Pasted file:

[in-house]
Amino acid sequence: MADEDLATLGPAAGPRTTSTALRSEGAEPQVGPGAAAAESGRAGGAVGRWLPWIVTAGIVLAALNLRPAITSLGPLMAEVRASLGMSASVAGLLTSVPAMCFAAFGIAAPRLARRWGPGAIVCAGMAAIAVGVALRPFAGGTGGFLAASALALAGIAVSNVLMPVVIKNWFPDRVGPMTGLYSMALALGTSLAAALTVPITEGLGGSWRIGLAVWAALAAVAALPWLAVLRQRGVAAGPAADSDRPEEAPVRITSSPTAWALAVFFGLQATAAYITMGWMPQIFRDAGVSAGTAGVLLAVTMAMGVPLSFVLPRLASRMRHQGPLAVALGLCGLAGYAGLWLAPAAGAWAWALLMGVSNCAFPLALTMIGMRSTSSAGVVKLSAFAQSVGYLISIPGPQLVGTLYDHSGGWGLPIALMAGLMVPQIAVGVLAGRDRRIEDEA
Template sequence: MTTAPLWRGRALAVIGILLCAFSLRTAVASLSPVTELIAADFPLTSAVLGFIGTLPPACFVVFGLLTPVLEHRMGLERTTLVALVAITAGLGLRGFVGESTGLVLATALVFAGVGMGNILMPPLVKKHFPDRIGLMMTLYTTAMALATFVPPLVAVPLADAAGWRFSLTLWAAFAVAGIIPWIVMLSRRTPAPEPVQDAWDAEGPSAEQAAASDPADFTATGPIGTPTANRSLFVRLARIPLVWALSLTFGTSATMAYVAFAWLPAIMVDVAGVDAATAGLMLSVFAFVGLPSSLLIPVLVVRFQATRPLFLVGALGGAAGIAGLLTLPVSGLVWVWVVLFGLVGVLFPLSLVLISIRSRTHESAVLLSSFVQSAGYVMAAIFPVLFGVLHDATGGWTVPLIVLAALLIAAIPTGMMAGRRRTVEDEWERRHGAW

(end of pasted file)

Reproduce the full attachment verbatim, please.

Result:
[in-house]
Amino acid sequence: MADEDLATLGPAAGPRTTSTALRSEGAEPQVGPGAAAAESGRAGGAVGRWLPWIVTAGIVLAALNLRPAITSLGPLMAEVRASLGMSASVAGLLTSVPAMCFAAFGIAAPRLARRWGPGAIVCAGMAAIAVGVALRPFAGGTGGFLAASALALAGIAVSNVLMPVVIKNWFPDRVGPMTGLYSMALALGTSLAAALTVPITEGLGGSWRIGLAVWAALAAVAALPWLAVLRQRGVAAGPAADSDRPEEAPVRITSSPTAWALAVFFGLQATAAYITMGWMPQIFRDAGVSAGTAGVLLAVTMAMGVPLSFVLPRLASRMRHQGPLAVALGLCGLAGYAGLWLAPAAGAWAWALLMGVSNCAFPLALTMIGMRSTSSAGVVKLSAFAQSVGYLISIPGPQLVGTLYDHSGGWGLPIALMAGLMVPQIAVGVLAGRDRRIEDEA
Template sequence: MTTAPLWRGRALAVIGILLCAFSLRTAVASLSPVTELIAADFPLTSAVLGFIGTLPPACFVVFGLLTPVLEHRMGLERTTLVALVAITAGLGLRGFVGESTGLVLATALVFAGVGMGNILMPPLVKKHFPDRIGLMMTLYTTAMALATFVPPLVAVPLADAAGWRFSLTLWAAFAVAGIIPWIVMLSRRTPAPEPVQDAWDAEGPSAEQAAASDPADFTATGPIGTPTANRSLFVRLARIPLVWALSLTFGTSATMAYVAFAWLPAIMVDVAGVDAATAGLMLSVFAFVGLPSSLLIPVLVVRFQATRPLFLVGALGGAAGIAGLLTLPVSGLVWVWVVLFGLVGVLFPLSLVLISIRSRTHESAVLLSSFVQSAGYVMAAIFPVLFGVLHDATGGWTVPLIVLAALLIAAIPTGMMAGRRRTVEDEWERRHGAW